Such was the case for the “cheesesteak soup dumplings” at Sophia’s when I reviewed it last month: a terrible, horrible, no good, very bad dish that articulated a vision of Philadelphia cuisine so beholden to kitsch that it made me feel embarrassed for the city itself. It wasn’t just that the dumplings were soggy on the bottom and heat-hardened on the top, or that their parmesan crust made them more like sad nachos than a sandwich, or that the whole sorry show was staged on an escargot plate. It was more the idea that the cheesesteak itself remains the lodestone of Philadelphia’s food culture, and that we, as Philadelphians, can still be counted on to lap up any homage to it, no matter how forced or half-witted, as though the entire last decade of culinary development never happened. As though everything from Paesano’s to Vedge, Taquitos de Pueblo’s Headhouse Market truck to Little Baby Ice Cream, Stateside to Bluecoat gin just never saw the light of day in this city.
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So, three guys walk into a bar…
Wait, let me start over.
A homicidal maniac, an Al-Qaeda torture specialist, and a Foobooz commenter walk into Hop Sing Laundromat. After surrendering their photo IDs for inspection at the door, they are seated in an anteroom—on a church pew opposite an unmanned shoeshine stand.
The insane murderer gazes around at an antiquarian’s fantasia of leather-bound books—shelf upon shelf going right up to what must be a 15-foot ceiling—and feels a novel sensation. By the dumb luck of having tucked his collared shirt into the Dolce and Gabbana pants of his latest victim, he has passed the bar’s not-exactly-restrictive dress code. For the first time in his life he feels validated. The light is low. A faint scent of citrus oil wafts through the air. The proprietor was only play-acting when checking IDs, so the smears of dried blood on his had gone unremarked. And by the time he’s given an Old Fashioned chilled by a doorknob-sized hunk of ice (without even being asked for a credit card to start a tab), he has made an iron pact with God never to kill again.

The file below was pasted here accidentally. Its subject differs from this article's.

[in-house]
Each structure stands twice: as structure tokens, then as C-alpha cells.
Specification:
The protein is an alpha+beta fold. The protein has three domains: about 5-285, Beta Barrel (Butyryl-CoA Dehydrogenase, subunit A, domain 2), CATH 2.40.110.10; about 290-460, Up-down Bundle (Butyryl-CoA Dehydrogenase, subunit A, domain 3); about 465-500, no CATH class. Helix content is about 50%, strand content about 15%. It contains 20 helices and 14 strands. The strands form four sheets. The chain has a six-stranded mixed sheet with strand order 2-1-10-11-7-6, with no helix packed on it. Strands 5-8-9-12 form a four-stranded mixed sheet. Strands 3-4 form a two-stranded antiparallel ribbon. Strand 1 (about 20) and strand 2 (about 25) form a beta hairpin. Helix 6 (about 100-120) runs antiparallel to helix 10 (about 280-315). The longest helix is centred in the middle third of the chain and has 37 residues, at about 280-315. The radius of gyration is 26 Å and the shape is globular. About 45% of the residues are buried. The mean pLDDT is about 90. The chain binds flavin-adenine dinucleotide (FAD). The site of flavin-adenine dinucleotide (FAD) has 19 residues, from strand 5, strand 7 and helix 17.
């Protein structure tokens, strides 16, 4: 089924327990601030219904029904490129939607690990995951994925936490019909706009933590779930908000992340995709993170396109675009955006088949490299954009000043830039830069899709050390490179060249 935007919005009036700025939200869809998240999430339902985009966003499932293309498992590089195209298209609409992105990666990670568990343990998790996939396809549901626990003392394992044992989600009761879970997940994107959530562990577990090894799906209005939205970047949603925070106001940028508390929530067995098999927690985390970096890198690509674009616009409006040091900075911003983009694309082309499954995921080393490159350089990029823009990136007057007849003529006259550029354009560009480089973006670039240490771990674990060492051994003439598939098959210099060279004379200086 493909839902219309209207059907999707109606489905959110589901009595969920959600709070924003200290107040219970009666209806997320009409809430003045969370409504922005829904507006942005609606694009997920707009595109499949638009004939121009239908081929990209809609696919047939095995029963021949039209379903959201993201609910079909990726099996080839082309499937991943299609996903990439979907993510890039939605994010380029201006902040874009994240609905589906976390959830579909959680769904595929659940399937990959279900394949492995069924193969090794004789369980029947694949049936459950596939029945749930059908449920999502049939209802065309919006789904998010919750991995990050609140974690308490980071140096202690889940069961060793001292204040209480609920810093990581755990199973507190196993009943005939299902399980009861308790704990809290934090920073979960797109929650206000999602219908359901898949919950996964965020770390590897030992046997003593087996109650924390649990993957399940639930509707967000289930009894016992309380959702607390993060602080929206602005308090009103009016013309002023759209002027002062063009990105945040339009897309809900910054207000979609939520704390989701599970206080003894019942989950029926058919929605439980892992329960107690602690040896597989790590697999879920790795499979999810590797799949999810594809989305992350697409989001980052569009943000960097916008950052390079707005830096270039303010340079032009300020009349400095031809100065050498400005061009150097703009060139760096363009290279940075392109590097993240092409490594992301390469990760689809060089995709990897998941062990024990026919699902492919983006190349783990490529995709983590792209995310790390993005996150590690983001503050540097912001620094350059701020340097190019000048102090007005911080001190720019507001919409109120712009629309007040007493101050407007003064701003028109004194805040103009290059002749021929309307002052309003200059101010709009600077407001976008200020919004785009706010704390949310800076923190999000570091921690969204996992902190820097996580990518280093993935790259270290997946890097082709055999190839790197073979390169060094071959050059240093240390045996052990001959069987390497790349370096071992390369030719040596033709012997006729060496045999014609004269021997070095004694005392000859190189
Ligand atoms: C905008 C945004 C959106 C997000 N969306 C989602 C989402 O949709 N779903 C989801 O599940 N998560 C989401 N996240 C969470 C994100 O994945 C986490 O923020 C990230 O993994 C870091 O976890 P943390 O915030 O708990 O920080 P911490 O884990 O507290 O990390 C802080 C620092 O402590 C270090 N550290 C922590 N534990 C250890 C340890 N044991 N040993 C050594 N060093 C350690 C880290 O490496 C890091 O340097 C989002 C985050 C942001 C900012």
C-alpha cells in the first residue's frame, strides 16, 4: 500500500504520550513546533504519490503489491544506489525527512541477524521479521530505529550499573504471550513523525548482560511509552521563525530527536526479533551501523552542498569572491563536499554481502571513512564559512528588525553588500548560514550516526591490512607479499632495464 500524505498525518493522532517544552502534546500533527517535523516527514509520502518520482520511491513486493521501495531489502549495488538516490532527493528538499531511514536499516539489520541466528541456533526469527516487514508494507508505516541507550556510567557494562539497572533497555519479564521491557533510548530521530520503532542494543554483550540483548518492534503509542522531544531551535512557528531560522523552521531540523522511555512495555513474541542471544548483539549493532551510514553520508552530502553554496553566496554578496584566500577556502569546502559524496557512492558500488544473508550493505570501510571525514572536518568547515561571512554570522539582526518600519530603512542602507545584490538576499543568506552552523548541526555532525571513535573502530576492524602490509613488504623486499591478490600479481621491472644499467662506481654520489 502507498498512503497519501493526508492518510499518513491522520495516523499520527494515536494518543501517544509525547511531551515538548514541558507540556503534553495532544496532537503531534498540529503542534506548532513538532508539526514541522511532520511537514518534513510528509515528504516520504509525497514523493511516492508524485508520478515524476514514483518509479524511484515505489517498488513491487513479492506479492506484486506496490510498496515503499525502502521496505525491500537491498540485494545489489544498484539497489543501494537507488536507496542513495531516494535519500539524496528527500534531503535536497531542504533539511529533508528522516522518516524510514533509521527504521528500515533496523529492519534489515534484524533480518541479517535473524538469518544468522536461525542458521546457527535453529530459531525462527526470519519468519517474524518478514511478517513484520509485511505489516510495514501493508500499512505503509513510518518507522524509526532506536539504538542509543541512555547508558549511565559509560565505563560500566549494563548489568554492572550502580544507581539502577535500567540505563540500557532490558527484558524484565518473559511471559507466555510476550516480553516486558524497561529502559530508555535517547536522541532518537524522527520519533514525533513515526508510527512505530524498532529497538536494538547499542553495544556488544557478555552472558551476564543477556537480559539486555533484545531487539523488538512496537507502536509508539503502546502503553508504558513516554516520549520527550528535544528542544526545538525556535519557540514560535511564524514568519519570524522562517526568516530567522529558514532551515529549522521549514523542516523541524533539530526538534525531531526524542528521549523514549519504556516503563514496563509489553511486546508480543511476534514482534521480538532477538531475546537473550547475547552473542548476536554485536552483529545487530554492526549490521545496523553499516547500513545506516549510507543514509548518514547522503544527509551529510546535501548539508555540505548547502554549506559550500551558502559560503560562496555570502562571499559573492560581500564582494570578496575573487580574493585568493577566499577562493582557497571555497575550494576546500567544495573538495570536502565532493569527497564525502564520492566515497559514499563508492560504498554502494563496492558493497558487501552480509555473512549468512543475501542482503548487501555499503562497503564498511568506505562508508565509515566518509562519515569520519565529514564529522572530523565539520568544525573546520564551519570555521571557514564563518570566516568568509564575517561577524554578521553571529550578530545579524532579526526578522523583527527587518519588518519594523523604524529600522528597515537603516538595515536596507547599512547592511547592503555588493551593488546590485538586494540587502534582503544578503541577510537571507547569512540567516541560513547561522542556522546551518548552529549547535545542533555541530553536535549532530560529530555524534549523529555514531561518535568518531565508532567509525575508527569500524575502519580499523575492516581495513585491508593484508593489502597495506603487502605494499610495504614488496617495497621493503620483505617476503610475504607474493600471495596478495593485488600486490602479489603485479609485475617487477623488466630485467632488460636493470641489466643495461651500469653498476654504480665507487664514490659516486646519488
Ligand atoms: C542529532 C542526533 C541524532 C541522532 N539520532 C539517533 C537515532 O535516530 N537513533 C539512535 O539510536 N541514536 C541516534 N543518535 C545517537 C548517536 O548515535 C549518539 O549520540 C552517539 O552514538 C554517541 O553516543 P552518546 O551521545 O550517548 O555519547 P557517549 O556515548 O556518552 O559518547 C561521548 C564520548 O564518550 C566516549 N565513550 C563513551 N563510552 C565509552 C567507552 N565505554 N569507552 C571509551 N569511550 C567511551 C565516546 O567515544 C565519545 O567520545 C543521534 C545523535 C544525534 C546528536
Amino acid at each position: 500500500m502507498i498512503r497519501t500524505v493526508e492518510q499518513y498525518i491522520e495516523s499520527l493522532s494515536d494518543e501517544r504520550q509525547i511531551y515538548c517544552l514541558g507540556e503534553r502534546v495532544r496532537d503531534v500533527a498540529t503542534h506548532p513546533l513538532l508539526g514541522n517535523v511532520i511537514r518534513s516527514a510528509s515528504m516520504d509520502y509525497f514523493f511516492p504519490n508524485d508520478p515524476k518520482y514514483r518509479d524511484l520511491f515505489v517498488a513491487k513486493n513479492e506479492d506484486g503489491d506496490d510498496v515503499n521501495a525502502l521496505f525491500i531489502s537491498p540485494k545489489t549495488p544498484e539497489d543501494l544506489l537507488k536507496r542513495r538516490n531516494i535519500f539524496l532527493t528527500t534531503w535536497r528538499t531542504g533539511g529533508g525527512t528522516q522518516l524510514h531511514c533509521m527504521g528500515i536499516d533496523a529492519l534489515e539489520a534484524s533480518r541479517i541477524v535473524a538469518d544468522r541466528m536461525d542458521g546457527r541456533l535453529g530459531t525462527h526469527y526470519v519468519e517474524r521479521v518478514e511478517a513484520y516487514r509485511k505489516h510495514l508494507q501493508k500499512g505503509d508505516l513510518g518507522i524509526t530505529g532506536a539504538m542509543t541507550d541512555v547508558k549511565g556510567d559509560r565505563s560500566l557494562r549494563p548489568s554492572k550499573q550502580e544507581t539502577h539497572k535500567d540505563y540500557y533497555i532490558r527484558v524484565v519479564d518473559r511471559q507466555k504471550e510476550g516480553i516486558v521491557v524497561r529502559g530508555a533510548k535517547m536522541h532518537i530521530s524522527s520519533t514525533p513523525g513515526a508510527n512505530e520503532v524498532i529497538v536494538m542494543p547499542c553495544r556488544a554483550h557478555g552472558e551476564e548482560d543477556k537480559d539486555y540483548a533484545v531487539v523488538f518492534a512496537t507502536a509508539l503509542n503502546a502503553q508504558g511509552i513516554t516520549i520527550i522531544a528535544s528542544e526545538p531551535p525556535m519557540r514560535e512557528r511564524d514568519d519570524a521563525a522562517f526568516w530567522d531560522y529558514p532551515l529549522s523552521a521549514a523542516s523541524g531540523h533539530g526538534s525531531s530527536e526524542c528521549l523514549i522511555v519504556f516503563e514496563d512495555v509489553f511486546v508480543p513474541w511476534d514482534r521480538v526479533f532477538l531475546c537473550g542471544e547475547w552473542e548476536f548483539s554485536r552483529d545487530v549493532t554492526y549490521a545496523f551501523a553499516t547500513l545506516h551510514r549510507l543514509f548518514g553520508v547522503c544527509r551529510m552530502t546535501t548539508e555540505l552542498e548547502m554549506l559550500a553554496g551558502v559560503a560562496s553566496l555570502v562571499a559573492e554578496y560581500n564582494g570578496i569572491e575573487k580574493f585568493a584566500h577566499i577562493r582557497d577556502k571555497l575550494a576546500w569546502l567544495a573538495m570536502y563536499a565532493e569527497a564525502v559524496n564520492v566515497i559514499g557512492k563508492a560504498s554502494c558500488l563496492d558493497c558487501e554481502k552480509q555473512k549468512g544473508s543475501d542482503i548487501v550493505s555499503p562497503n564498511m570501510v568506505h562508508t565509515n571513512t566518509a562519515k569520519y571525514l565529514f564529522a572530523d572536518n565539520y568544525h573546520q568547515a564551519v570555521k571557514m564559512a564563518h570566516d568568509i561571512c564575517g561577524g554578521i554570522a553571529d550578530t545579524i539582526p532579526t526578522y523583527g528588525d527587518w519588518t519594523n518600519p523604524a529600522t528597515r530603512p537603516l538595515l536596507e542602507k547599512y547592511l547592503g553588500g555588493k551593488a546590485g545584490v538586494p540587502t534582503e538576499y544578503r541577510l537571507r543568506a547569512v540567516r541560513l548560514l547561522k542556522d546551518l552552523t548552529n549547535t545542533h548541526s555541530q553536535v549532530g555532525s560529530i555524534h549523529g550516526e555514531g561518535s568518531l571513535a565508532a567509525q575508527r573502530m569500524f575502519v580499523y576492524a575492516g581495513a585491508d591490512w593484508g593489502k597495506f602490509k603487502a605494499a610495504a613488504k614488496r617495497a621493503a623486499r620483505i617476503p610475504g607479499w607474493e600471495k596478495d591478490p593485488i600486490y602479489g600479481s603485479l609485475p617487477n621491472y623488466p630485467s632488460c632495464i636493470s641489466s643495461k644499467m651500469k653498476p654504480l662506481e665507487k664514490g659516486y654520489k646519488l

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It might have taken awhile for the critic to get to Brauhaus Schmitz. Now the only question is how we’re going to get him to leave. Trey Popp revisits Brauhaus Schmitz.
The first time I went to Brauhaus Schmitz was for lunch with my wife. We had curry fries and nothing else memorable while sitting in church pews at a table that seemed broad enough for a ping-pong match.
The second time, seeking 30 centiliters of smoked beer and rollmops on rye, I found an unexpected opportunity to chat with a freelance theologian (now there’s a business card I wish I’d requested) about the Gospel of Thomas. It is a fascinating document. “If a blind person leads a blind person,” Jesus says in it, “both of them will fall into a hole.” The Gnostic scripture contains 113 other “secret” sayings, introduced with the promise that “Whoever discovers the meanings of these sayings will not taste death.”
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In Philly Mag’s online-only review series, The Revisit, Trey Popp checks out Rittenhouse stalwart Friday Saturday Sunday and finds a lot to like:
Friday Saturday Sunday does show its age in its service and menu, and in the worn carpeting and chalkboard specials written in Day-Glo hues. That’s not a bad thing. The easygoing waiters are eager to please — Would we like to move away from a group of high-energy ladies at the next table? No, but it’s nice to be offered the chance! — but not so eager as to interrupt table talk, least of all to wax poetic about the kitchen’s environmental credo or how the chef’s commitment to “nose-to-tail” cooking might just save Christendom.